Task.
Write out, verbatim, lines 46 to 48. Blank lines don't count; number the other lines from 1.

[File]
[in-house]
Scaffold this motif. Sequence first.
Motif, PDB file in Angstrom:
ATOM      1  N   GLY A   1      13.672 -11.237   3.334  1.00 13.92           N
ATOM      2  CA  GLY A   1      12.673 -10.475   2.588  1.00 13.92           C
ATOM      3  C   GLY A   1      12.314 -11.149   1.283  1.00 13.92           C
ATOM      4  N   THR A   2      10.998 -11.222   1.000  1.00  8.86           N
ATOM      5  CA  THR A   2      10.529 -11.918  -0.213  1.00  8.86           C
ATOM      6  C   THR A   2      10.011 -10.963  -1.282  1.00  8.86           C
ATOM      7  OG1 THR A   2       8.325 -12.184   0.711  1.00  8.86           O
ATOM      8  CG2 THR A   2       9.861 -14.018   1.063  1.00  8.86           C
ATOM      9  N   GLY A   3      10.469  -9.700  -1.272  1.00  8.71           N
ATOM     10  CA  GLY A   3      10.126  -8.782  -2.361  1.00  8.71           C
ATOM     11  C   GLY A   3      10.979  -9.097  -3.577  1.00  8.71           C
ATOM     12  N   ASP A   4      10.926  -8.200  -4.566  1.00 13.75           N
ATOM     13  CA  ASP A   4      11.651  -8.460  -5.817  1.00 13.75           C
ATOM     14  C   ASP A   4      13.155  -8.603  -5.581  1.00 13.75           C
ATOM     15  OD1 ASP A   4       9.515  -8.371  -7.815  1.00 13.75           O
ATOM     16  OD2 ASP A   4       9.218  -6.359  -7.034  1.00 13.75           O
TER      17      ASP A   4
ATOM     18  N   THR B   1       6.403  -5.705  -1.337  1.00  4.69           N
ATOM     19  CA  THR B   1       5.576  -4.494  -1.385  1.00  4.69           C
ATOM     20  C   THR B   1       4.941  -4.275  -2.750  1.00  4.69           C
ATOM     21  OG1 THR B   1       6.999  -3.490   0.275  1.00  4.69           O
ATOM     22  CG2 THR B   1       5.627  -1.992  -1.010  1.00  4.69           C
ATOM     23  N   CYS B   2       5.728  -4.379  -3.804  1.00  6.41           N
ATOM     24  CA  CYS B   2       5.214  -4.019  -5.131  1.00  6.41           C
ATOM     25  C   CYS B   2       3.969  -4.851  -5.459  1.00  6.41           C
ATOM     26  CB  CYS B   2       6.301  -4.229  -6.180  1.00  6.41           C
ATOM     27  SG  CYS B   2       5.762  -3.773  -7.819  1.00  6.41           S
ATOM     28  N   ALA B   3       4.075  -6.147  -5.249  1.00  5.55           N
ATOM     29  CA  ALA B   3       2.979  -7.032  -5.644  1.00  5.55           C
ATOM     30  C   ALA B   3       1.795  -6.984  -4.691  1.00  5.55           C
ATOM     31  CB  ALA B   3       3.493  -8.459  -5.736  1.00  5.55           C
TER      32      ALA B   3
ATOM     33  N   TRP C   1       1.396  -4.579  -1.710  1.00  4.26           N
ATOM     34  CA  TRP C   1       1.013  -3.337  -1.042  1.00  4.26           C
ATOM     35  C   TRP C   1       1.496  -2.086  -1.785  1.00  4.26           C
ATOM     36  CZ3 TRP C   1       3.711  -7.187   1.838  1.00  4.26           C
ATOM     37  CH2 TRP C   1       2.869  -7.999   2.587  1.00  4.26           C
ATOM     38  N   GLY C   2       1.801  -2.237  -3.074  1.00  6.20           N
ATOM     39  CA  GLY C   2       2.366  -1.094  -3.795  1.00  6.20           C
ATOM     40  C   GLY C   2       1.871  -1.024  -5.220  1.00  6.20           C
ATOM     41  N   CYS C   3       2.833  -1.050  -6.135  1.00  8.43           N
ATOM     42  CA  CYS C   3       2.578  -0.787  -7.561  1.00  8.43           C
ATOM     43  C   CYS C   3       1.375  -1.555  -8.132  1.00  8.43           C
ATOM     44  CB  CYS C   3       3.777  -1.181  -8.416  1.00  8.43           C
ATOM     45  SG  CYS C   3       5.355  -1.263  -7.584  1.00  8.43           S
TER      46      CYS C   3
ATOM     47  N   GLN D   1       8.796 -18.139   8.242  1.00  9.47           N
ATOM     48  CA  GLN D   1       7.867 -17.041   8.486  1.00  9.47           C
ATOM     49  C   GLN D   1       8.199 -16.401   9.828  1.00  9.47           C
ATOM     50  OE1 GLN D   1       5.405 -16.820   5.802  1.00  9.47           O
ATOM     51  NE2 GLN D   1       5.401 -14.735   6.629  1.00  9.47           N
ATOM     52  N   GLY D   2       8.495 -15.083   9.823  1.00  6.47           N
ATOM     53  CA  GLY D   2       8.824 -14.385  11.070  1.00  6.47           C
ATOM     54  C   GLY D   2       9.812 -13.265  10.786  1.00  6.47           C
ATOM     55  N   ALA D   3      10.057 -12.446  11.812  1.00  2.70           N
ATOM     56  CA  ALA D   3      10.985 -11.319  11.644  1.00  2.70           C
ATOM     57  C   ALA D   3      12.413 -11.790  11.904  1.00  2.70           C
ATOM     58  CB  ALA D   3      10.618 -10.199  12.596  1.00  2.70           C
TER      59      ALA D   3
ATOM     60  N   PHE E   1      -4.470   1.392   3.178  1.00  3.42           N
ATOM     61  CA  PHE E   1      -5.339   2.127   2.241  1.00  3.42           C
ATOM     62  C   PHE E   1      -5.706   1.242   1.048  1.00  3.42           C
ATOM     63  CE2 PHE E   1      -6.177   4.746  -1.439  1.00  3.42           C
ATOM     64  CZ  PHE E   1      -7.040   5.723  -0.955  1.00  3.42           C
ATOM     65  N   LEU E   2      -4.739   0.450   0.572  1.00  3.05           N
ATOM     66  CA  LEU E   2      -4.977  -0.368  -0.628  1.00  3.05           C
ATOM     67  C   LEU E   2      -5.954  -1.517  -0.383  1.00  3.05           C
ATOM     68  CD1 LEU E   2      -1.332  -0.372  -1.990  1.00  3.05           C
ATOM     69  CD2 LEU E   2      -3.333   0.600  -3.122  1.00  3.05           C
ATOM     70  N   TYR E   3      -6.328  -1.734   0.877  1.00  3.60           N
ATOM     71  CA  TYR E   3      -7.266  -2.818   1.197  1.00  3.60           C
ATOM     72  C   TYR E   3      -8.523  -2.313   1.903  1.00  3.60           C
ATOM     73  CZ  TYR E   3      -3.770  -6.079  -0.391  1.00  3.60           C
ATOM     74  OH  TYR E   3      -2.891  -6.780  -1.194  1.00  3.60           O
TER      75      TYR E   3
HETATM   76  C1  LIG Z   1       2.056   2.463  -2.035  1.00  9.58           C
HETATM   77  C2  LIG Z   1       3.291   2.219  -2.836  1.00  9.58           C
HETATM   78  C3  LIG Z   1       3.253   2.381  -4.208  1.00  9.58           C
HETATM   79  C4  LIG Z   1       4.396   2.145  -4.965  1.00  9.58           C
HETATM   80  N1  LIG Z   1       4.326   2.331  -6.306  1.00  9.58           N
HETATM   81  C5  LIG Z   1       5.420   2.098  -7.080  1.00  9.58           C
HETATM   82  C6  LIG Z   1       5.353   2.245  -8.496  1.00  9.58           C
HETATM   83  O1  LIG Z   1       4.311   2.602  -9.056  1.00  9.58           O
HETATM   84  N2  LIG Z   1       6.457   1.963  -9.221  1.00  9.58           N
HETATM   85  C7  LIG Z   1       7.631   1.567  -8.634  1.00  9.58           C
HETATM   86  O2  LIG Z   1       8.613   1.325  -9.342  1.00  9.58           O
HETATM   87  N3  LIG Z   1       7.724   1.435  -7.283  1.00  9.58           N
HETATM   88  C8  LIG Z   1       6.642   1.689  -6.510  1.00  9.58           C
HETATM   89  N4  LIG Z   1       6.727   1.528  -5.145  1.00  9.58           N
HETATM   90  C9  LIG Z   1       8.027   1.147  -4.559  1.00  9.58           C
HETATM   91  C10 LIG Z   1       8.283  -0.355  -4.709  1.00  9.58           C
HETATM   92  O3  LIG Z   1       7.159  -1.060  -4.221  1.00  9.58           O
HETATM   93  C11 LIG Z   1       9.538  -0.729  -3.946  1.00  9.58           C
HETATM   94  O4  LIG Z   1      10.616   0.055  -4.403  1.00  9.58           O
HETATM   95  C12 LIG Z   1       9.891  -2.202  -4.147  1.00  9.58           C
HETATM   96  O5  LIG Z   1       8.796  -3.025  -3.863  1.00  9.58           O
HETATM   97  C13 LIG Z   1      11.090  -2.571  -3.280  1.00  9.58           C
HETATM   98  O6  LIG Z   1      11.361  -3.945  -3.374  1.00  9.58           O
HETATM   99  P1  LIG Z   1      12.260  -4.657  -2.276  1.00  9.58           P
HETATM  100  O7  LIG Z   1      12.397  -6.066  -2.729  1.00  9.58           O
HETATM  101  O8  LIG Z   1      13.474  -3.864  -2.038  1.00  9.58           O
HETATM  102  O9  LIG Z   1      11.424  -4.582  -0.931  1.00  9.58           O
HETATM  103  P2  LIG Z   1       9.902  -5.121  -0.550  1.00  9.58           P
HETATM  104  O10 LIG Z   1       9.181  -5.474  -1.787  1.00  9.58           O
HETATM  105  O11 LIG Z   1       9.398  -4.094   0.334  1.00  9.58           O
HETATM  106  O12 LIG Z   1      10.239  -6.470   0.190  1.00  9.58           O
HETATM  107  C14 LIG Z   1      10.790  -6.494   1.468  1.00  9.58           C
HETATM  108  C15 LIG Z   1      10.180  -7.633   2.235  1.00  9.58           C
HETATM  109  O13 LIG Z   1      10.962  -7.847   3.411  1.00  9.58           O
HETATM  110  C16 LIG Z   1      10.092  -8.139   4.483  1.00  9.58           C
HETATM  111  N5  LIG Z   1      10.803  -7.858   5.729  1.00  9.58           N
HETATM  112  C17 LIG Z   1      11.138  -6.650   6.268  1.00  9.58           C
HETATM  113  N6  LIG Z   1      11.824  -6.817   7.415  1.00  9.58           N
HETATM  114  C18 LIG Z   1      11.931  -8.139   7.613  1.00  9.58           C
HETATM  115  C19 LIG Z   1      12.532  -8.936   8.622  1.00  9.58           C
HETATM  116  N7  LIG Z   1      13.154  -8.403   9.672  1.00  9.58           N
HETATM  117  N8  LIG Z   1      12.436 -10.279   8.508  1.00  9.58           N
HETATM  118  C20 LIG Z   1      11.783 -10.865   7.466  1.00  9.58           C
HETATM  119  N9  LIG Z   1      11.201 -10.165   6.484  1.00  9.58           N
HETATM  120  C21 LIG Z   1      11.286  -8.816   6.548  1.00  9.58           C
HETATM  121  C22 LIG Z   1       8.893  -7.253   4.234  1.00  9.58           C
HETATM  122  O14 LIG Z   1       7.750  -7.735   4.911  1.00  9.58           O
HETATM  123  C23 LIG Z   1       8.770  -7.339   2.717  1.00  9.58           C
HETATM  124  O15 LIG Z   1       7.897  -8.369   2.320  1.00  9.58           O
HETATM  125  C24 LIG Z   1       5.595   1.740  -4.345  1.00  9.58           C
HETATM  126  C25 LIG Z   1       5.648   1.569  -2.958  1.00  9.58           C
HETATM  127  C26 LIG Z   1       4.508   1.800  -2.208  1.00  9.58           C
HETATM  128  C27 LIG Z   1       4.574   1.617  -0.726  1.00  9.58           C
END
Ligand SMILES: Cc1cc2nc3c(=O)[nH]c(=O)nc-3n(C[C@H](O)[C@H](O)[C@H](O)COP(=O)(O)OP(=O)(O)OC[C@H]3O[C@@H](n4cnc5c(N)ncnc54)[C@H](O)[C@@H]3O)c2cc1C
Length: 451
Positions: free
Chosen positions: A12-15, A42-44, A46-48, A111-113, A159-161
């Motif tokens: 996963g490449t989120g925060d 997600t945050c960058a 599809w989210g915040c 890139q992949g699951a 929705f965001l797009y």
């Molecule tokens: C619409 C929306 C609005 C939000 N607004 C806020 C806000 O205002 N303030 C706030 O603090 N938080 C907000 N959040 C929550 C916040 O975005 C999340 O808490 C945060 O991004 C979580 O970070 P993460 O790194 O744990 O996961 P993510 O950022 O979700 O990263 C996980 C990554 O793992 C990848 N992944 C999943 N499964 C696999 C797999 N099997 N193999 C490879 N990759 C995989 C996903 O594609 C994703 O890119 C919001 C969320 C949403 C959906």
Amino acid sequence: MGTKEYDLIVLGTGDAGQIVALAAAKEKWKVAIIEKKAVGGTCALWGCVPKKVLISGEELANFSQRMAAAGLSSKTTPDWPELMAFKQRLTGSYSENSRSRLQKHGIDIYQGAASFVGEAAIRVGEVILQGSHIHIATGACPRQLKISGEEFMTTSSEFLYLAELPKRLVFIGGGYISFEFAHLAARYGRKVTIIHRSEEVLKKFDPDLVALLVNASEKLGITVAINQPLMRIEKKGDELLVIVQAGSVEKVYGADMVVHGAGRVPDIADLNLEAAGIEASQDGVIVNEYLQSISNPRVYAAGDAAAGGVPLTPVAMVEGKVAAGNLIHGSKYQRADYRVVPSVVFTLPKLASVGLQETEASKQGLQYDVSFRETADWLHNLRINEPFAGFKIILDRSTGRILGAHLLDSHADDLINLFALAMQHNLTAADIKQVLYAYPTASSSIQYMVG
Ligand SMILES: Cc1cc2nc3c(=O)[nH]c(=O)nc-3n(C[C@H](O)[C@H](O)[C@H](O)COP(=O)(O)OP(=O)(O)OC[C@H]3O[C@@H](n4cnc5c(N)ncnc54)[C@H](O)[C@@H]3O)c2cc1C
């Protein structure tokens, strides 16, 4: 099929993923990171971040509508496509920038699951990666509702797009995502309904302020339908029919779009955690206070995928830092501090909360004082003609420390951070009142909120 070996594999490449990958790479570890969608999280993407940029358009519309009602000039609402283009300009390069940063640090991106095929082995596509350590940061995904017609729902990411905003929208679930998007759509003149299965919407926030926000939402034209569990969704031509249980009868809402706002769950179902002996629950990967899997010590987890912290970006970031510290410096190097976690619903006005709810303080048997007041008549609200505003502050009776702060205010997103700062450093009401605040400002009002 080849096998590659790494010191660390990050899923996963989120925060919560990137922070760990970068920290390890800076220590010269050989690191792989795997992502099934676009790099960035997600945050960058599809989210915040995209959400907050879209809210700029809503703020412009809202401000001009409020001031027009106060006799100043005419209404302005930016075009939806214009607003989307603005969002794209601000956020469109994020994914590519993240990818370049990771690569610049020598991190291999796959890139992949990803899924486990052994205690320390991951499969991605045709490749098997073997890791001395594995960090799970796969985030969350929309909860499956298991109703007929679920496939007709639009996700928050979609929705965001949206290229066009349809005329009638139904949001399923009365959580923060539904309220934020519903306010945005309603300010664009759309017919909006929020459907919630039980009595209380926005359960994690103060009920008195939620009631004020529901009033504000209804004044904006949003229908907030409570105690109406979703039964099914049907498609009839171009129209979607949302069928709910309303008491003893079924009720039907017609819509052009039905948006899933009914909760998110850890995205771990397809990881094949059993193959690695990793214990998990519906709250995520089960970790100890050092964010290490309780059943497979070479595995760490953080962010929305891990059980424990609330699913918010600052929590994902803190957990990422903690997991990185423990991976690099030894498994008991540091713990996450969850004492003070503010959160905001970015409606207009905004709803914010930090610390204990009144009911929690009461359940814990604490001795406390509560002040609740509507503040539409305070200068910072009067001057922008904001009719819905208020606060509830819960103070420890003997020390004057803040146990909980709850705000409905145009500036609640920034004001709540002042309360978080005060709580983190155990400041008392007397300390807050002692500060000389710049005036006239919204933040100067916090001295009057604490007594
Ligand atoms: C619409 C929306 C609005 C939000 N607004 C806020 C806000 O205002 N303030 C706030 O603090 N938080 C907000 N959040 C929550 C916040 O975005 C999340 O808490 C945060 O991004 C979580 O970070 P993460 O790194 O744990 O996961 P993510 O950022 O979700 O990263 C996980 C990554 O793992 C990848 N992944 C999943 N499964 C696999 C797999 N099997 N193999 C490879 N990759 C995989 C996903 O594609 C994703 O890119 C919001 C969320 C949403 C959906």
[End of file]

ATOM     43  C   CYS C   3       1.375  -1.555  -8.132  1.00  8.43           C
ATOM     44  CB  CYS C   3       3.777  -1.181  -8.416  1.00  8.43           C
ATOM     45  SG  CYS C   3       5.355  -1.263  -7.584  1.00  8.43           S